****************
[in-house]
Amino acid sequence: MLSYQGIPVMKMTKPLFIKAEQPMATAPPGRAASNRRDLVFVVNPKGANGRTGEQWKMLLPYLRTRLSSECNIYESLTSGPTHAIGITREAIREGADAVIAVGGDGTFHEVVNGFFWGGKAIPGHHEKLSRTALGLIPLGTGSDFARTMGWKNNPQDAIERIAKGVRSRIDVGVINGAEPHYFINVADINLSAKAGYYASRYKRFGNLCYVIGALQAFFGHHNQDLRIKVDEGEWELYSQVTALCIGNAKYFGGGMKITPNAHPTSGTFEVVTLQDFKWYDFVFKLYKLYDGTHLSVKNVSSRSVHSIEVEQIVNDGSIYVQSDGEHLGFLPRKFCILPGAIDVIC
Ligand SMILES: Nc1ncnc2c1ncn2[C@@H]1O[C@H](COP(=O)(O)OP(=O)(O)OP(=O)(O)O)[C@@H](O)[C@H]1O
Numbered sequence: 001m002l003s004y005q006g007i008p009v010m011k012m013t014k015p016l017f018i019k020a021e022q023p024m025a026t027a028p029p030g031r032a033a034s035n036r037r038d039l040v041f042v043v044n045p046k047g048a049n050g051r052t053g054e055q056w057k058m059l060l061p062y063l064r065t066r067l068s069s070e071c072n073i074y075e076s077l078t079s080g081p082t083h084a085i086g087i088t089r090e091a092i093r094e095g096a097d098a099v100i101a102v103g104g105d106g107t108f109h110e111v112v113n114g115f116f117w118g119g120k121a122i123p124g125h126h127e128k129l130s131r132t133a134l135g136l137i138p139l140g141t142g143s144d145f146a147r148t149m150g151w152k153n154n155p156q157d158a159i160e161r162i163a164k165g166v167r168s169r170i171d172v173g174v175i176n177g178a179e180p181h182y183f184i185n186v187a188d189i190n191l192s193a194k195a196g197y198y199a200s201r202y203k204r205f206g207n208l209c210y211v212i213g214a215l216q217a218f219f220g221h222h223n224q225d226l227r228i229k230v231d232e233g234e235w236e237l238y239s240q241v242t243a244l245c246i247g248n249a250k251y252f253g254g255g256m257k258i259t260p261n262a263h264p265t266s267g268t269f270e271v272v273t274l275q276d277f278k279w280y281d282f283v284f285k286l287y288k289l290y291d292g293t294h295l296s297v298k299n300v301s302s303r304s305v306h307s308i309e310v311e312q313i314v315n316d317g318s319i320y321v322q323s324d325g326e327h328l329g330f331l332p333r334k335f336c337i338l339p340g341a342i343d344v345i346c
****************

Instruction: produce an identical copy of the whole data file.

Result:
[in-house]
Amino acid sequence: MLSYQGIPVMKMTKPLFIKAEQPMATAPPGRAASNRRDLVFVVNPKGANGRTGEQWKMLLPYLRTRLSSECNIYESLTSGPTHAIGITREAIREGADAVIAVGGDGTFHEVVNGFFWGGKAIPGHHEKLSRTALGLIPLGTGSDFARTMGWKNNPQDAIERIAKGVRSRIDVGVINGAEPHYFINVADINLSAKAGYYASRYKRFGNLCYVIGALQAFFGHHNQDLRIKVDEGEWELYSQVTALCIGNAKYFGGGMKITPNAHPTSGTFEVVTLQDFKWYDFVFKLYKLYDGTHLSVKNVSSRSVHSIEVEQIVNDGSIYVQSDGEHLGFLPRKFCILPGAIDVIC
Ligand SMILES: Nc1ncnc2c1ncn2[C@@H]1O[C@H](COP(=O)(O)OP(=O)(O)OP(=O)(O)O)[C@@H](O)[C@H]1O
Numbered sequence: 001m002l003s004y005q006g007i008p009v010m011k012m013t014k015p016l017f018i019k020a021e022q023p024m025a026t027a028p029p030g031r032a033a034s035n036r037r038d039l040v041f042v043v044n045p046k047g048a049n050g051r052t053g054e055q056w057k058m059l060l061p062y063l064r065t066r067l068s069s070e071c072n073i074y075e076s077l078t079s080g081p082t083h084a085i086g087i088t089r090e091a092i093r094e095g096a097d098a099v100i101a102v103g104g105d106g107t108f109h110e111v112v113n114g115f116f117w118g119g120k121a122i123p124g125h126h127e128k129l130s131r132t133a134l135g136l137i138p139l140g141t142g143s144d145f146a147r148t149m150g151w152k153n154n155p156q157d158a159i160e161r162i163a164k165g166v167r168s169r170i171d172v173g174v175i176n177g178a179e180p181h182y183f184i185n186v187a188d189i190n191l192s193a194k195a196g197y198y199a200s201r202y203k204r205f206g207n208l209c210y211v212i213g214a215l216q217a218f219f220g221h222h223n224q225d226l227r228i229k230v231d232e233g234e235w236e237l238y239s240q241v242t243a244l245c246i247g248n249a250k251y252f253g254g255g256m257k258i259t260p261n262a263h264p265t266s267g268t269f270e271v272v273t274l275q276d277f278k279w280y281d282f283v284f285k286l287y288k289l290y291d292g293t294h295l296s297v298k299n300v301s302s303r304s305v306h307s308i309e310v311e312q313i314v315n316d317g318s319i320y321v322q323s324d325g326e327h328l329g330f331l332p333r334k335f336c337i338l339p340g341a342i343d344v345i346c